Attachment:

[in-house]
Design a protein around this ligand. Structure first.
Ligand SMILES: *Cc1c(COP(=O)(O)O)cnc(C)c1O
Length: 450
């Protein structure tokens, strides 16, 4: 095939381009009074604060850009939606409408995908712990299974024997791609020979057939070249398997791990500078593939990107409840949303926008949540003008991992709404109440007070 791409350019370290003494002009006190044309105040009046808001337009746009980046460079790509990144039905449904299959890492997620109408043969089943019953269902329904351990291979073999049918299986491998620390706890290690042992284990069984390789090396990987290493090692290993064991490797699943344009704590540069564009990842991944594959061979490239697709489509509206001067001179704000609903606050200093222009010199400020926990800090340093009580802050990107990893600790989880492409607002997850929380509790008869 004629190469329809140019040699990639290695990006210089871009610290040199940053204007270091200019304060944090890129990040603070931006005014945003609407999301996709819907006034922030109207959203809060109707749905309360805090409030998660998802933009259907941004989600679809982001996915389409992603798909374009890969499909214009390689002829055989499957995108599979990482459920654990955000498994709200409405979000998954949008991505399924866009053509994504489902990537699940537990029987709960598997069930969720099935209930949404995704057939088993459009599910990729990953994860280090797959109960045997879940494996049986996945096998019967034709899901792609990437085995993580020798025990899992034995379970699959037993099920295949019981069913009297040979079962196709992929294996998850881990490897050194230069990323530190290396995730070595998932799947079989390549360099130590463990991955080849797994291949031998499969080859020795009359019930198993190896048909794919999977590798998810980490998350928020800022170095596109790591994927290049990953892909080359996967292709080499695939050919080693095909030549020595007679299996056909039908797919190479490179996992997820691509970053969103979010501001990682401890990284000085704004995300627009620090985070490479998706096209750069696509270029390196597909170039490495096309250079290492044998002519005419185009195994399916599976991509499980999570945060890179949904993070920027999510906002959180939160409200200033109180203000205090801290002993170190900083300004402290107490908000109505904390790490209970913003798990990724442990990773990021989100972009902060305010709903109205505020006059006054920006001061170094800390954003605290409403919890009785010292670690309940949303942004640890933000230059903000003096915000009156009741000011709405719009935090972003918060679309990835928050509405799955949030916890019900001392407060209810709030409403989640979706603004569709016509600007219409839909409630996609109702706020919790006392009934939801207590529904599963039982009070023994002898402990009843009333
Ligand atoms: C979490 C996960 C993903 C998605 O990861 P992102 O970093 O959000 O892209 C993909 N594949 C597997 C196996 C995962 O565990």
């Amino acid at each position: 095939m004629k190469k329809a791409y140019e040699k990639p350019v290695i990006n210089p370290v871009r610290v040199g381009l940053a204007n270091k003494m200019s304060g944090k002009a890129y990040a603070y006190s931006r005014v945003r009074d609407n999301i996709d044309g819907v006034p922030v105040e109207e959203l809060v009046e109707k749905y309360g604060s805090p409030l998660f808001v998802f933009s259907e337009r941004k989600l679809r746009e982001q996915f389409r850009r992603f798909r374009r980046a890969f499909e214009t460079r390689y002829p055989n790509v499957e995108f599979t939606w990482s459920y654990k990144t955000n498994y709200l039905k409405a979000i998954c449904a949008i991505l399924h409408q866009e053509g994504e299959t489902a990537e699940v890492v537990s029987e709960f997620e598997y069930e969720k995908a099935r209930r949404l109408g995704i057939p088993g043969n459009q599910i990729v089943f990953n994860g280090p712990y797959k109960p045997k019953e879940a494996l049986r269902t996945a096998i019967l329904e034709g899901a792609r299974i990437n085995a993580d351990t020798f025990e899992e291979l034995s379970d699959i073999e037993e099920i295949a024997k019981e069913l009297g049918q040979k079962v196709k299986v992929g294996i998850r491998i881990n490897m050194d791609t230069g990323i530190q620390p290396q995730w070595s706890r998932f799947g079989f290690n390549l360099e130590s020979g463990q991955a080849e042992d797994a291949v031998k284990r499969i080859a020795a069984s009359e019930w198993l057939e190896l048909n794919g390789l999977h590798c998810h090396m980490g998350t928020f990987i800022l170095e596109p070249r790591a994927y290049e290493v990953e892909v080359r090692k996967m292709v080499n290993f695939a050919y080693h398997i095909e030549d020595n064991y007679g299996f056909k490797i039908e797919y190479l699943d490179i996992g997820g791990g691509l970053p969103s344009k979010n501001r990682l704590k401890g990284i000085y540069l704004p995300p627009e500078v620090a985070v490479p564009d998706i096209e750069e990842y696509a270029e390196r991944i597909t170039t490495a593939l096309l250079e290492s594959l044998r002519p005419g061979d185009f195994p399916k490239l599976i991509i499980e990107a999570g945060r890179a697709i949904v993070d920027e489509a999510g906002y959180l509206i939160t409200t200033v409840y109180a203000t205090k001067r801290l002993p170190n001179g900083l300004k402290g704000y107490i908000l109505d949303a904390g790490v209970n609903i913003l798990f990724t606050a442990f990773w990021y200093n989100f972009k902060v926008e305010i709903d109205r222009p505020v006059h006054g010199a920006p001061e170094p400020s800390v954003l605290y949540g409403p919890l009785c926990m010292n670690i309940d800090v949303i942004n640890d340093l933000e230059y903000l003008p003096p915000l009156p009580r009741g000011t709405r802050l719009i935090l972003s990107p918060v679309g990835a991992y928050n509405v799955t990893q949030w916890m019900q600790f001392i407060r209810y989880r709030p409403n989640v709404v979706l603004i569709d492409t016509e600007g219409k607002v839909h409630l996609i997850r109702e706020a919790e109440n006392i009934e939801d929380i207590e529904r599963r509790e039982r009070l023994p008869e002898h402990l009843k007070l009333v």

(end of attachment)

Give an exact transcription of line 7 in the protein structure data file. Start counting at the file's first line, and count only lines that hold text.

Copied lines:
């Amino acid at each position: 095939m004629k190469k329809a791409y140019e040699k990639p350019v290695i990006n210089p370290v871009r610290v040199g381009l940053a204007n270091k003494m200019s304060g944090k002009a890129y990040a603070y006190s931006r005014v945003r009074d609407n999301i996709d044309g819907v006034p922030v105040e109207e959203l809060v009046e109707k749905y309360g604060s805090p409030l998660f808001v998802f933009s259907e337009r941004k989600l679809r746009e982001q996915f389409r850009r992603f798909r374009r980046a890969f499909e214009t460079r390689y002829p055989n790509v499957e995108f599979t939606w990482s459920y654990k990144t955000n498994y709200l039905k409405a979000i998954c449904a949008i991505l399924h409408q866009e053509g994504e299959t489902a990537e699940v890492v537990s029987e709960f997620e598997y069930e969720k995908a099935r209930r949404l109408g995704i057939p088993g043969n459009q599910i990729v089943f990953n994860g280090p712990y797959k109960p045997k019953e879940a494996l049986r269902t996945a096998i019967l329904e034709g899901a792609r299974i990437n085995a993580d351990t020798f025990e899992e291979l034995s379970d699959i073999e037993e099920i295949a024997k019981e069913l009297g049918q040979k079962v196709k299986v992929g294996i998850r491998i881990n490897m050194d791609t230069g990323i530190q620390p290396q995730w070595s706890r998932f799947g079989f290690n390549l360099e130590s020979g463990q991955a080849e042992d797994a291949v031998k284990r499969i080859a020795a069984s009359e019930w198993l057939e190896l048909n794919g390789l999977h590798c998810h090396m980490g998350t928020f990987i800022l170095e596109p070249r790591a994927y290049e290493v990953e892909v080359r090692k996967m292709v080499n290993f695939a050919y080693h398997i095909e030549d020595n064991y007679g299996f056909k490797i039908e797919y190479l699943d490179i996992g997820g791990g691509l970053p969103s344009k979010n501001r990682l704590k401890g990284i000085y540069l704004p995300p627009e500078v620090a985070v490479p564009d998706i096209e750069e990842y696509a270029e390196r991944i597909t170039t490495a593939l096309l250079e290492s594959l044998r002519p005419g061979d185009f195994p399916k490239l599976i991509i499980e990107a999570g945060r890179a697709i949904v993070d920027e489509a999510g906002y959180l509206i939160t409200t200033v409840y109180a203000t205090k001067r801290l002993p170190n001179g900083l300004k402290g704000y107490i908000l109505d949303a904390g790490v209970n609903i913003l798990f990724t606050a442990f990773w990021y200093n989100f972009k902060v926008e305010i709903d109205r222009p505020v006059h006054g010199a920006p001061e170094p400020s800390v954003l605290y949540g409403p919890l009785c926990m010292n670690i309940d800090v949303i942004n640890d340093l933000e230059y903000l003008p003096p915000l009156p009580r009741g000011t709405r802050l719009i935090l972003s990107p918060v679309g990835a991992y928050n509405v799955t990893q949030w916890m019900q600790f001392i407060r209810y989880r709030p409403n989640v709404v979706l603004i569709d492409t016509e600007g219409k607002v839909h409630l996609i997850r109702e706020a919790e109440n006392i009934e939801d929380i207590e529904r599963r509790e039982r009070l023994p008869e002898h402990l009843k007070l009333v």